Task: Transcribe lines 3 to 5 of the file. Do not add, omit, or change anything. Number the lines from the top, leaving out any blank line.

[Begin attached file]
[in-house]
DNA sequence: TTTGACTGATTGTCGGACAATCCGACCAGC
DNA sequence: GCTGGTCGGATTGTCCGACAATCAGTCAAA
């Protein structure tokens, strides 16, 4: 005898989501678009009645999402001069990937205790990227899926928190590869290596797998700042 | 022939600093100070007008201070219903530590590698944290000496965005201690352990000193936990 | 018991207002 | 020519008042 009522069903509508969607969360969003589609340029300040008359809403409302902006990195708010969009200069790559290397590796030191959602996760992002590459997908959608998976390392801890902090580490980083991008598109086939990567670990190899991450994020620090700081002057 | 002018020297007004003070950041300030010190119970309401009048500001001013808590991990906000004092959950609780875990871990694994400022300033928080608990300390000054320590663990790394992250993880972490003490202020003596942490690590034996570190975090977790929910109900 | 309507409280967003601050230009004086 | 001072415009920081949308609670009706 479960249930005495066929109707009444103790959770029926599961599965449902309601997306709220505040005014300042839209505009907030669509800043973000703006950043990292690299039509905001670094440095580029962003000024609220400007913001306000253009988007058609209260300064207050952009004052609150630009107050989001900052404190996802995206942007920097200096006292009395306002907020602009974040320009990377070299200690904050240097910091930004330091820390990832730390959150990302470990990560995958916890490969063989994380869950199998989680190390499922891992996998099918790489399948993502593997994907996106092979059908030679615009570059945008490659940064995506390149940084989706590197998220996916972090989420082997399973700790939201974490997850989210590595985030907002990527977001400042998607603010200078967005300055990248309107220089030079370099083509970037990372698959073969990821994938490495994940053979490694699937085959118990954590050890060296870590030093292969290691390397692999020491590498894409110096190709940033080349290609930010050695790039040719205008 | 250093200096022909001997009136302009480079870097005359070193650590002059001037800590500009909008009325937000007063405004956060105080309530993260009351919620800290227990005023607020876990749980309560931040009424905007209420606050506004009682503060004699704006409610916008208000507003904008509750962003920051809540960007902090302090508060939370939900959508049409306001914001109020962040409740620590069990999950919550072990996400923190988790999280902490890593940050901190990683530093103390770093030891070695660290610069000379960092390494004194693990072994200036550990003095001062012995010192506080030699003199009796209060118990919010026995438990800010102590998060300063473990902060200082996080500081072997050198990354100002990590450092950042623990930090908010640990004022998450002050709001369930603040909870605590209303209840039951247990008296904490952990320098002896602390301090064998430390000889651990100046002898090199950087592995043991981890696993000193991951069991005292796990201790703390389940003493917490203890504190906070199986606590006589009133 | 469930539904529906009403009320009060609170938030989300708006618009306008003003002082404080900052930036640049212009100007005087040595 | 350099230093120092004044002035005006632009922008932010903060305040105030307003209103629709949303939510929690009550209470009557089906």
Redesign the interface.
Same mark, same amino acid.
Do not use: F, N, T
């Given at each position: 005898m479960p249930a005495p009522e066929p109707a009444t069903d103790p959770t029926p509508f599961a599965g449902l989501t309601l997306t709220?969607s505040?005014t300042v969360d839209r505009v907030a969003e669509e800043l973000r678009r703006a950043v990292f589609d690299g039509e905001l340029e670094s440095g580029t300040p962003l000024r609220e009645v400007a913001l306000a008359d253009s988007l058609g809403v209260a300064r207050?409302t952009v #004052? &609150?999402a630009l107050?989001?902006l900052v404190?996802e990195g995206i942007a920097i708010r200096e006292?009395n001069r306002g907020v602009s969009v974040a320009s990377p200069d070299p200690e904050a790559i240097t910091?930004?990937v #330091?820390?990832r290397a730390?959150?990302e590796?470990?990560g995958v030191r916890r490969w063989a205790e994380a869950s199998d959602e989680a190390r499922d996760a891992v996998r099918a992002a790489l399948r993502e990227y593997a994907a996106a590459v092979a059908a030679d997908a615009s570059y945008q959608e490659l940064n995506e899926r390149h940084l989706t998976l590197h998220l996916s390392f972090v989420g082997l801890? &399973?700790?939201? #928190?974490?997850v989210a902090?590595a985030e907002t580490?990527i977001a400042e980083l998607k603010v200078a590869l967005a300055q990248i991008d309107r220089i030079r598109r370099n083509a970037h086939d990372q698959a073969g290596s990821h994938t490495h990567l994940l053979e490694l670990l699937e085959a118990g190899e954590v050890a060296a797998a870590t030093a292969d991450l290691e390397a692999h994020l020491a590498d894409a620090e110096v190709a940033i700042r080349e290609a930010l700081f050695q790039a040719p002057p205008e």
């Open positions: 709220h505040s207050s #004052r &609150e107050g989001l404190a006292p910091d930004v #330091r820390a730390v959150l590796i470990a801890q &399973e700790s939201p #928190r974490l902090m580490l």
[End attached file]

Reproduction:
DNA sequence: GCTGGTCGGATTGTCCGACAATCAGTCAAA
């Protein structure tokens, strides 16, 4: 005898989501678009009645999402001069990937205790990227899926928190590869290596797998700042 | 022939600093100070007008201070219903530590590698944290000496965005201690352990000193936990 | 018991207002 | 020519008042 009522069903509508969607969360969003589609340029300040008359809403409302902006990195708010969009200069790559290397590796030191959602996760992002590459997908959608998976390392801890902090580490980083991008598109086939990567670990190899991450994020620090700081002057 | 002018020297007004003070950041300030010190119970309401009048500001001013808590991990906000004092959950609780875990871990694994400022300033928080608990300390000054320590663990790394992250993880972490003490202020003596942490690590034996570190975090977790929910109900 | 309507409280967003601050230009004086 | 001072415009920081949308609670009706 479960249930005495066929109707009444103790959770029926599961599965449902309601997306709220505040005014300042839209505009907030669509800043973000703006950043990292690299039509905001670094440095580029962003000024609220400007913001306000253009988007058609209260300064207050952009004052609150630009107050989001900052404190996802995206942007920097200096006292009395306002907020602009974040320009990377070299200690904050240097910091930004330091820390990832730390959150990302470990990560995958916890490969063989994380869950199998989680190390499922891992996998099918790489399948993502593997994907996106092979059908030679615009570059945008490659940064995506390149940084989706590197998220996916972090989420082997399973700790939201974490997850989210590595985030907002990527977001400042998607603010200078967005300055990248309107220089030079370099083509970037990372698959073969990821994938490495994940053979490694699937085959118990954590050890060296870590030093292969290691390397692999020491590498894409110096190709940033080349290609930010050695790039040719205008 | 250093200096022909001997009136302009480079870097005359070193650590002059001037800590500009909008009325937000007063405004956060105080309530993260009351919620800290227990005023607020876990749980309560931040009424905007209420606050506004009682503060004699704006409610916008208000507003904008509750962003920051809540960007902090302090508060939370939900959508049409306001914001109020962040409740620590069990999950919550072990996400923190988790999280902490890593940050901190990683530093103390770093030891070695660290610069000379960092390494004194693990072994200036550990003095001062012995010192506080030699003199009796209060118990919010026995438990800010102590998060300063473990902060200082996080500081072997050198990354100002990590450092950042623990930090908010640990004022998450002050709001369930603040909870605590209303209840039951247990008296904490952990320098002896602390301090064998430390000889651990100046002898090199950087592995043991981890696993000193991951069991005292796990201790703390389940003493917490203890504190906070199986606590006589009133 | 469930539904529906009403009320009060609170938030989300708006618009306008003003002082404080900052930036640049212009100007005087040595 | 350099230093120092004044002035005006632009922008932010903060305040105030307003209103629709949303939510929690009550209470009557089906």
Redesign the interface.